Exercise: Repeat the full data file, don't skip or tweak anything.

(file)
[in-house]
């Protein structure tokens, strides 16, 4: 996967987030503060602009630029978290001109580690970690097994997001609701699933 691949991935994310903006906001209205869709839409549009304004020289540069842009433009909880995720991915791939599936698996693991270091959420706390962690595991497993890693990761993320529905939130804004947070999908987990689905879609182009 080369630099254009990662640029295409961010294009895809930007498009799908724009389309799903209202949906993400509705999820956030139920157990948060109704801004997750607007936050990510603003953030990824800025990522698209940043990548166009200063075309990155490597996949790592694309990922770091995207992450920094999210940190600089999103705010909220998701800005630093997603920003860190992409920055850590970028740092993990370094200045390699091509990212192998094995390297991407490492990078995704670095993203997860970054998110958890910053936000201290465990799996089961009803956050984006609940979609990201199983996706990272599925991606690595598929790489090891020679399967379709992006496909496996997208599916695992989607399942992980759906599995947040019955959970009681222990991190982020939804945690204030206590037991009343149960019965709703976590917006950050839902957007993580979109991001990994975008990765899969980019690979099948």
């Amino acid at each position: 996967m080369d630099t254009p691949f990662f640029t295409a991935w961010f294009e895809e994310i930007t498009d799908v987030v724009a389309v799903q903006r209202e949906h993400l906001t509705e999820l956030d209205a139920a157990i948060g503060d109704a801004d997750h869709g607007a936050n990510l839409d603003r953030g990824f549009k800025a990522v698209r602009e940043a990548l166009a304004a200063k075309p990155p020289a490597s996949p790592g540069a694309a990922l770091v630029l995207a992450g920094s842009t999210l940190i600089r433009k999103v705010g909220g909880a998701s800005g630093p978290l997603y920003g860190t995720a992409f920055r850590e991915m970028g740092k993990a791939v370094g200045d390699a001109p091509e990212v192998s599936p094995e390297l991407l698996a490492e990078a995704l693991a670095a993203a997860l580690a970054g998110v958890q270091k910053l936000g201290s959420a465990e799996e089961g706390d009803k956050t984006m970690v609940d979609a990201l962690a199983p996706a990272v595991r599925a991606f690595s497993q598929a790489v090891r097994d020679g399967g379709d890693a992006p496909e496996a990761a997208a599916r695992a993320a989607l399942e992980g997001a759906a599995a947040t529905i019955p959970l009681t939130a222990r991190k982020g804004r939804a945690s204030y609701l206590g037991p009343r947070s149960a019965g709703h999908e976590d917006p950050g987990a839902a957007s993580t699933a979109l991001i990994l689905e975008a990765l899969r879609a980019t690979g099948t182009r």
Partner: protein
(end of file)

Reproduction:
[in-house]
């Protein structure tokens, strides 16, 4: 996967987030503060602009630029978290001109580690970690097994997001609701699933 691949991935994310903006906001209205869709839409549009304004020289540069842009433009909880995720991915791939599936698996693991270091959420706390962690595991497993890693990761993320529905939130804004947070999908987990689905879609182009 080369630099254009990662640029295409961010294009895809930007498009799908724009389309799903209202949906993400509705999820956030139920157990948060109704801004997750607007936050990510603003953030990824800025990522698209940043990548166009200063075309990155490597996949790592694309990922770091995207992450920094999210940190600089999103705010909220998701800005630093997603920003860190992409920055850590970028740092993990370094200045390699091509990212192998094995390297991407490492990078995704670095993203997860970054998110958890910053936000201290465990799996089961009803956050984006609940979609990201199983996706990272599925991606690595598929790489090891020679399967379709992006496909496996997208599916695992989607399942992980759906599995947040019955959970009681222990991190982020939804945690204030206590037991009343149960019965709703976590917006950050839902957007993580979109991001990994975008990765899969980019690979099948």
């Amino acid at each position: 996967m080369d630099t254009p691949f990662f640029t295409a991935w961010f294009e895809e994310i930007t498009d799908v987030v724009a389309v799903q903006r209202e949906h993400l906001t509705e999820l956030d209205a139920a157990i948060g503060d109704a801004d997750h869709g607007a936050n990510l839409d603003r953030g990824f549009k800025a990522v698209r602009e940043a990548l166009a304004a200063k075309p990155p020289a490597s996949p790592g540069a694309a990922l770091v630029l995207a992450g920094s842009t999210l940190i600089r433009k999103v705010g909220g909880a998701s800005g630093p978290l997603y920003g860190t995720a992409f920055r850590e991915m970028g740092k993990a791939v370094g200045d390699a001109p091509e990212v192998s599936p094995e390297l991407l698996a490492e990078a995704l693991a670095a993203a997860l580690a970054g998110v958890q270091k910053l936000g201290s959420a465990e799996e089961g706390d009803k956050t984006m970690v609940d979609a990201l962690a199983p996706a990272v595991r599925a991606f690595s497993q598929a790489v090891r097994d020679g399967g379709d890693a992006p496909e496996a990761a997208a599916r695992a993320a989607l399942e992980g997001a759906a599995a947040t529905i019955p959970l009681t939130a222990r991190k982020g804004r939804a945690s204030y609701l206590g037991p009343r947070s149960a019965g709703h999908e976590d917006p950050g987990a839902a957007s993580t699933a979109l991001i990994l689905e975008a990765l899969r879609a980019t690979g099948t182009r």
Partner: protein